TCU long has been more than a mere annoyance to Oklahoma.
TCU won in shocking fashion in Norman in 2005, one of only two home losses to nonconference foes the Sooners have suffered during coach Bob Stoops' 16 seasons at Oklahoma. Last season, the visiting Horned Frogs pushed Oklahoma to the limit before the Sooners won 20-17.
A year earlier, in the first Big 12 Conference meeting between the teams, a fourth-down TCU pass fell incomplete at the goal line, allowing visiting Oklahoma to escape with a 24-17 win. So when No. 4 Oklahoma (4-0, 1-0 Big 12) plays at No. 25 TCU (3-0, 0-0) on Saturday, a close, hard-fought game would seem to be a probability.
On Monday, Stoops allowed that TCU "probably" was the best team the Sooners have played so far this season.
"West Virginia, I thought, was awfully good, too," Stoops said, mentioning the squad the Sooners beat 45-33 in their Big 12 opener. "But TCU looks really, really good and has played really, really well to this point."
The Horned Frogs' calling card under longtime coach Gary Patterson has been their defense and they lead the Big 12 so far this season, allowing an average of 218.7 yards per game. Through the years, TCU's defensive schemes have proven a challenge for Stoops and his staff to overcome. Asked why, Stoops kept coming back to the same word, using a version of "fundamental" four times.
"They're sound fundamentally, really disciplined and they know what they're doing," Stoops said, noting how Patterson has "a set system . that their players get trained in at a young age. They're really fundamental in how they do it."
TCU struggled at times offensively last season, but veteran quarterback Trevone Boykin has looked impressive in 2014 running a system that Oklahoma defensive tackle Chuka Ndulue and Stoops compared to the high-tempo offense used by Texas Tech.
"We've got to be ready for the tempo and him throwing the ball about 80 times a game or something like that," Ndulue said.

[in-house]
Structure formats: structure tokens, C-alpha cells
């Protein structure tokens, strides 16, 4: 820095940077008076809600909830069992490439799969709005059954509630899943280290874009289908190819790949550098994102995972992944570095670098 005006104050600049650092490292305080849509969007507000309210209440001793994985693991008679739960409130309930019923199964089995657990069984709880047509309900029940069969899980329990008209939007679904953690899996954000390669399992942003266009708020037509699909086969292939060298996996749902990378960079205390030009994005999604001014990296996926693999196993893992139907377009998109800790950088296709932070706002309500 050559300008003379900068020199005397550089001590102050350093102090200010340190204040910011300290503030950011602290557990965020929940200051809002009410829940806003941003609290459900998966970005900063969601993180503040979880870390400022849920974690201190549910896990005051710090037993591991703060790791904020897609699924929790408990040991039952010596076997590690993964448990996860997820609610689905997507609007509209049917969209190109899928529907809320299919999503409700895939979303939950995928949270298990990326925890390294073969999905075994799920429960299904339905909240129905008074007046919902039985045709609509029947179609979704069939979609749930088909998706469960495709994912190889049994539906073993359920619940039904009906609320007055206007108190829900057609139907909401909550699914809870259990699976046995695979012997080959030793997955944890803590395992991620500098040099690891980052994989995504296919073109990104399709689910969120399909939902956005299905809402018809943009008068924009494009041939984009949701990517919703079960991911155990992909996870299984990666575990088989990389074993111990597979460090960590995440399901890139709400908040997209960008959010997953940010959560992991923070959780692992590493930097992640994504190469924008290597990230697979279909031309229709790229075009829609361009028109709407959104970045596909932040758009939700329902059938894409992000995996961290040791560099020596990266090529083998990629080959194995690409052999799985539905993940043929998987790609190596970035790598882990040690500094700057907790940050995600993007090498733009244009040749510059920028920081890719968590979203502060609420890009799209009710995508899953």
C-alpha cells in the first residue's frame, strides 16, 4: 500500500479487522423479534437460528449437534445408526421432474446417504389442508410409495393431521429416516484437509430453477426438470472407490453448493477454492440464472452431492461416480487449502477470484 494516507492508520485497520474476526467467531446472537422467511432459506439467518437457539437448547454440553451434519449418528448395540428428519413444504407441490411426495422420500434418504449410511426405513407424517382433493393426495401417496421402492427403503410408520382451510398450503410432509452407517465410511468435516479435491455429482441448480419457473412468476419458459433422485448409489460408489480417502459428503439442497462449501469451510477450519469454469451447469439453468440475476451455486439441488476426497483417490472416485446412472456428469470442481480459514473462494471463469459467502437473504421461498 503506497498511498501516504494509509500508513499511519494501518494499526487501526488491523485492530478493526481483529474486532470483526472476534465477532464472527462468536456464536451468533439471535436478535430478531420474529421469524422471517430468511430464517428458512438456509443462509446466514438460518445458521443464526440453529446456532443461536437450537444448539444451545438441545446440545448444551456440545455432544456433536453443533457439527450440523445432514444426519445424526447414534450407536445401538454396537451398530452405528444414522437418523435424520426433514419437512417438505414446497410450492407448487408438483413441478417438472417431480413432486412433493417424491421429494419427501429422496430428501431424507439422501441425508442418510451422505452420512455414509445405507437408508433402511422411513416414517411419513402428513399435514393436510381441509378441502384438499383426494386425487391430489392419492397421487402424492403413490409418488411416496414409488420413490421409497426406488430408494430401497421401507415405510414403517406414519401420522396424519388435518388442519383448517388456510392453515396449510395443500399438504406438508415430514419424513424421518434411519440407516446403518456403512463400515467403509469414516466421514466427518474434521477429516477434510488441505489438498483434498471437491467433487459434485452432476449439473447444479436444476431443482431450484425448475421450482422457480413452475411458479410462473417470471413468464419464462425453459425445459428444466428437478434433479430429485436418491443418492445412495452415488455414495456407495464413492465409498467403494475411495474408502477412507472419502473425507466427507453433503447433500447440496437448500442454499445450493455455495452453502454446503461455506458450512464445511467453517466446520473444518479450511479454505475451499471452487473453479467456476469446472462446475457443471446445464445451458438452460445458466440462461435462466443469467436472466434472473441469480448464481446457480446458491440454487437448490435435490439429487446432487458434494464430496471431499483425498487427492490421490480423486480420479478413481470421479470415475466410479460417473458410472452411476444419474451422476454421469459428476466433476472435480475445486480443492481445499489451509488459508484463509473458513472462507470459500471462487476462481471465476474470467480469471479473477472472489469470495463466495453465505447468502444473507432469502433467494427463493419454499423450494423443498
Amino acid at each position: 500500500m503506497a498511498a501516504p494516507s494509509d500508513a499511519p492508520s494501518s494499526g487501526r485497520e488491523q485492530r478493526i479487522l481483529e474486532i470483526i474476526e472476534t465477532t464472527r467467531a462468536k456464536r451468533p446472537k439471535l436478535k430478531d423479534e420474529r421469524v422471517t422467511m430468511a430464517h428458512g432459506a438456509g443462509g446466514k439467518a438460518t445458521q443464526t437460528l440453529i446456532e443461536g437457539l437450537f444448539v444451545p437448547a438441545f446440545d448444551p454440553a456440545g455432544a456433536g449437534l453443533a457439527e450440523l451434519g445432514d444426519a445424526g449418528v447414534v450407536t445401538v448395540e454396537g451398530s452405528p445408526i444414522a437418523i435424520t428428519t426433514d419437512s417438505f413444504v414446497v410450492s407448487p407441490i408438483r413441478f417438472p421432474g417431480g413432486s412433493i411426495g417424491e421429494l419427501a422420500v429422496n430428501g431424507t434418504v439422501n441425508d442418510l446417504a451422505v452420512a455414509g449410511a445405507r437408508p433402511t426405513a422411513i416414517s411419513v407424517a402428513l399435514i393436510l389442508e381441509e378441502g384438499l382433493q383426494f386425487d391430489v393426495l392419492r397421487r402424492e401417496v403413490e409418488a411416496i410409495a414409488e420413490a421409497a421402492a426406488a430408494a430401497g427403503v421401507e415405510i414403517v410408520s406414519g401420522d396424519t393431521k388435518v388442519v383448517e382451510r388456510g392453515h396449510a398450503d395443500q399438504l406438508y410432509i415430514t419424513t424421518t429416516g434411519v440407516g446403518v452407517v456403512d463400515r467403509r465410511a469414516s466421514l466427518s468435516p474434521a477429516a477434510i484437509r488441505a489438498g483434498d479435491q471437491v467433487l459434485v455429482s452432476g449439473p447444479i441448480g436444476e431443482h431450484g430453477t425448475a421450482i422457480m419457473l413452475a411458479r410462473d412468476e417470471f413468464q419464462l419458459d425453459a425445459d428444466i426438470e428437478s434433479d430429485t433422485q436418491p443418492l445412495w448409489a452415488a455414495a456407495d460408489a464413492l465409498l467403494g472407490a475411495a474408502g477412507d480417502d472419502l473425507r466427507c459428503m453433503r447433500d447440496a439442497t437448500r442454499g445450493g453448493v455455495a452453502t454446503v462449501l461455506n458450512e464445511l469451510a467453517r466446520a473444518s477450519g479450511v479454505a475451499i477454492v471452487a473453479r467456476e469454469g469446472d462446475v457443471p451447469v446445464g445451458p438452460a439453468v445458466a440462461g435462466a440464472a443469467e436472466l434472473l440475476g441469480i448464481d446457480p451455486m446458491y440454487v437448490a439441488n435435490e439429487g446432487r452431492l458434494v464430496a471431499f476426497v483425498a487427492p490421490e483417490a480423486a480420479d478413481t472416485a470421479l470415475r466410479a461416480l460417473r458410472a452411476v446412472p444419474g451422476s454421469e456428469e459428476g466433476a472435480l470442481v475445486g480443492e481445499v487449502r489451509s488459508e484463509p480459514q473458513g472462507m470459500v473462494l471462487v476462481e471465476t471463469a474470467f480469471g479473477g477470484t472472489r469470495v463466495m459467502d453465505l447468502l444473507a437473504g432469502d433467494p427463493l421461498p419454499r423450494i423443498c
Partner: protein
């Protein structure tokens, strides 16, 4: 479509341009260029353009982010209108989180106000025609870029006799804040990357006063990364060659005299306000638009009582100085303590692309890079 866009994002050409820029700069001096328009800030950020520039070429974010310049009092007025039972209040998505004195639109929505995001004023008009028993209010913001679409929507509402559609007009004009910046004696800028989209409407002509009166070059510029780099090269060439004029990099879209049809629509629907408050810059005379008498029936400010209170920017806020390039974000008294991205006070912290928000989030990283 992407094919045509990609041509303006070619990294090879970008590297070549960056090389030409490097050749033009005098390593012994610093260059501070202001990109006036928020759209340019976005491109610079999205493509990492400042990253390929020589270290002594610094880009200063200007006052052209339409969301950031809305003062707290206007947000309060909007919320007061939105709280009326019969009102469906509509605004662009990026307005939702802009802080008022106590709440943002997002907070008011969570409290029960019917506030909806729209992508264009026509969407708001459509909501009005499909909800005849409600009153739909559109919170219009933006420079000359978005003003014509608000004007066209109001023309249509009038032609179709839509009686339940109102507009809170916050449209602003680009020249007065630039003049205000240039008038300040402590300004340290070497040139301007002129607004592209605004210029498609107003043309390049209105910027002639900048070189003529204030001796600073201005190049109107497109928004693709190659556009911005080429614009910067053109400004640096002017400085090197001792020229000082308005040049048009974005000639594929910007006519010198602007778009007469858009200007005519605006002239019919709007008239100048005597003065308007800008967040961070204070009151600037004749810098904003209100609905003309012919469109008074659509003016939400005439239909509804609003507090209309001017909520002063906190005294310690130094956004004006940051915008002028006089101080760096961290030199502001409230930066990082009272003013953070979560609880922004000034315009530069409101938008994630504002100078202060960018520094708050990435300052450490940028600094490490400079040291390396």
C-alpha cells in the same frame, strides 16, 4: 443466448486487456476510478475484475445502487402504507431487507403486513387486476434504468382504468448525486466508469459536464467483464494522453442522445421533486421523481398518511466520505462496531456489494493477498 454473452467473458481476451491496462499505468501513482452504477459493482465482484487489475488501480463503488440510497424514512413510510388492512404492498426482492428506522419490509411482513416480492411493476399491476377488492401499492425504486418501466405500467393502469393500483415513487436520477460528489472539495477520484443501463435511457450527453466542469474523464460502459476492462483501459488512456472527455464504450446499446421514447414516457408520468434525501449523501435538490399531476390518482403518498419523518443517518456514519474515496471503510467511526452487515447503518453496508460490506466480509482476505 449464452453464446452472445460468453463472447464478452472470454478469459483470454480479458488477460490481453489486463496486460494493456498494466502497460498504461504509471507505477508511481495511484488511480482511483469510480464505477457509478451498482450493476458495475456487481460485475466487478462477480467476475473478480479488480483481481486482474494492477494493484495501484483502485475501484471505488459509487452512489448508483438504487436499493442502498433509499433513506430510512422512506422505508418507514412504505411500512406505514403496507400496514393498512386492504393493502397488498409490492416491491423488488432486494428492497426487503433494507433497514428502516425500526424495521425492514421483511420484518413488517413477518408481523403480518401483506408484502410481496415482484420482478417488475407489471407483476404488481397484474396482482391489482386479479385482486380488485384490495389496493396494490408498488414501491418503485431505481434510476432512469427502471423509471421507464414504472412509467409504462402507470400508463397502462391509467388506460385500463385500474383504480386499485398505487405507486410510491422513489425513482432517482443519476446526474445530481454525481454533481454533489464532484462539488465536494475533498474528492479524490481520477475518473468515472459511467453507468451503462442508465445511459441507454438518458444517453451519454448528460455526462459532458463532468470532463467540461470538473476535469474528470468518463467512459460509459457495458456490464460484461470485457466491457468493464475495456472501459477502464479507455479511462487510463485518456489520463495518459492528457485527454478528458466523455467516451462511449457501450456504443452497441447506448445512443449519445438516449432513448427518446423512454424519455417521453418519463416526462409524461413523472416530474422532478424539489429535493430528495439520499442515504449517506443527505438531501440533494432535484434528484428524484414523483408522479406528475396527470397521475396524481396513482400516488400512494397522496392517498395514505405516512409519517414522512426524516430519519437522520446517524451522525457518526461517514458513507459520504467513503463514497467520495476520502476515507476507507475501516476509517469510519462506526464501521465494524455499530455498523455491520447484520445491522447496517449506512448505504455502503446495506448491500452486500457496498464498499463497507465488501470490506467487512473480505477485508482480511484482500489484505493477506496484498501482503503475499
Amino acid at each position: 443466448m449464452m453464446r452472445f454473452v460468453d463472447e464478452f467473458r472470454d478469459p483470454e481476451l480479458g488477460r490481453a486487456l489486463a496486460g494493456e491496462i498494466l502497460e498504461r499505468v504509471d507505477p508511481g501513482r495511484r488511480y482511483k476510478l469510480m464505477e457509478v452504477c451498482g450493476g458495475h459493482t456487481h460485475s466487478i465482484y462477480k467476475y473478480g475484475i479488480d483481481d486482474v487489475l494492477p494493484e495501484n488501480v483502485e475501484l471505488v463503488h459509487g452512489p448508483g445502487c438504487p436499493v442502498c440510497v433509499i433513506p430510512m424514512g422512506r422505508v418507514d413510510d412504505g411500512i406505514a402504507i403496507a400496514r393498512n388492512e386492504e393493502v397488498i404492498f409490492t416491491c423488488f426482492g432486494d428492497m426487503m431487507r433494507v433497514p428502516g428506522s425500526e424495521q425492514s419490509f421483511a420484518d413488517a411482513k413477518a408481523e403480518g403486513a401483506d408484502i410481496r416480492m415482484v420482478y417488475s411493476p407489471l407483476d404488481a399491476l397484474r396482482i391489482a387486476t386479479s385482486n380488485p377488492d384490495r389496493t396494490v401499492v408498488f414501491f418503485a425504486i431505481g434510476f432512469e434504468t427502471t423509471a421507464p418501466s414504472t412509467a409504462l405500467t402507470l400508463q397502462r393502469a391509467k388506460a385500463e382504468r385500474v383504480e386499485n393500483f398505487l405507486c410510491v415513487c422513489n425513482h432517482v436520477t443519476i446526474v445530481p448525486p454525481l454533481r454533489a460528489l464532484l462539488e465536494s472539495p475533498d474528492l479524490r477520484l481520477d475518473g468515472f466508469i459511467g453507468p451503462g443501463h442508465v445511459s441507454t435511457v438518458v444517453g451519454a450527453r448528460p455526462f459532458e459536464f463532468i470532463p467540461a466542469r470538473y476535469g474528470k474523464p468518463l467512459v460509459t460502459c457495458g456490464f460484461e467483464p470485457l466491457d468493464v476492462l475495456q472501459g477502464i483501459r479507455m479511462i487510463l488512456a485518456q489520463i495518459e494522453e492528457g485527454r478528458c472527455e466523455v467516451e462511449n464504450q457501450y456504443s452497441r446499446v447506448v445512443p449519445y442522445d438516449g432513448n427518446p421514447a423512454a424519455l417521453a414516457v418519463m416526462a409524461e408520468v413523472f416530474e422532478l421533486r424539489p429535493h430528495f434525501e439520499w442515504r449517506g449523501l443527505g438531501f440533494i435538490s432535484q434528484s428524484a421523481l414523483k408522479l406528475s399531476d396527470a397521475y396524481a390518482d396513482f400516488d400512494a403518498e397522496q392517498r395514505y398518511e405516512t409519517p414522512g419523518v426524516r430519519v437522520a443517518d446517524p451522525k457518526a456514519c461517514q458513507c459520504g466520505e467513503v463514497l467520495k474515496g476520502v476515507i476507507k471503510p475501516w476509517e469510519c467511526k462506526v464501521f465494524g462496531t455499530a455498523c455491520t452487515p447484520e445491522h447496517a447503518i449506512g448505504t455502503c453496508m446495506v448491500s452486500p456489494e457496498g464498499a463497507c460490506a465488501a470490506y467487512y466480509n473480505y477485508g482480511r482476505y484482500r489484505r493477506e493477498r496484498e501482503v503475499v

TCU is third in the Big 12 in total offense at 532 yards per game and are coming off a 56-0 romp over SMU.
"The biggest difference offensively you see them spreading the ball out now," Stoops said. "Boykin is throwing the ball well and running it. They're using a bunch of players. You see them spread out and they're making you defend the whole field, which that offense does, and defend the whole field and every player. They've done a really good job to this point being highly productive offensively."
Oklahoma will enter the game off a bye week, the first of three this season for the Sooners. Cornerback Zack Sanchez - working on a streak of five straight games with an interception - said his banged-up shoulder feels considerably better after the time off, but Stoops said it's likely running back Keith Ford will miss a second straight game as he heals from a slight fracture of his right fibula, suffered in a win over Tennessee on Sept. 13.
Ford's absence could mean another star turn for freshman running back Samaje Perine, who rumbled for 242 yards in the win at West Virginia. Stoops wouldn't say if Perine - who leads the Big 12 in rushing - earned more playing time with that performance.
"Every game is a little bit different," Stoops said. "We'll see how it goes. You get into the game, certain plays or certain players and what you're doing is working (so) you go to it more. We'll wait and see."
Oklahoma is second in the league in scoring offense (44.8 points per game) and TCU is third (44.7), but Sanchez said he expects another defensive slugfest on Saturday.
"They always play us tough," Sanchez said. "The past two years, they always find a way to play us tough. It's always a defensive battle. We've kind of got to outdo their defense. Those guys want to do the same to us. It's a defensive battle. We've just got to play our game and I think we'll be all right."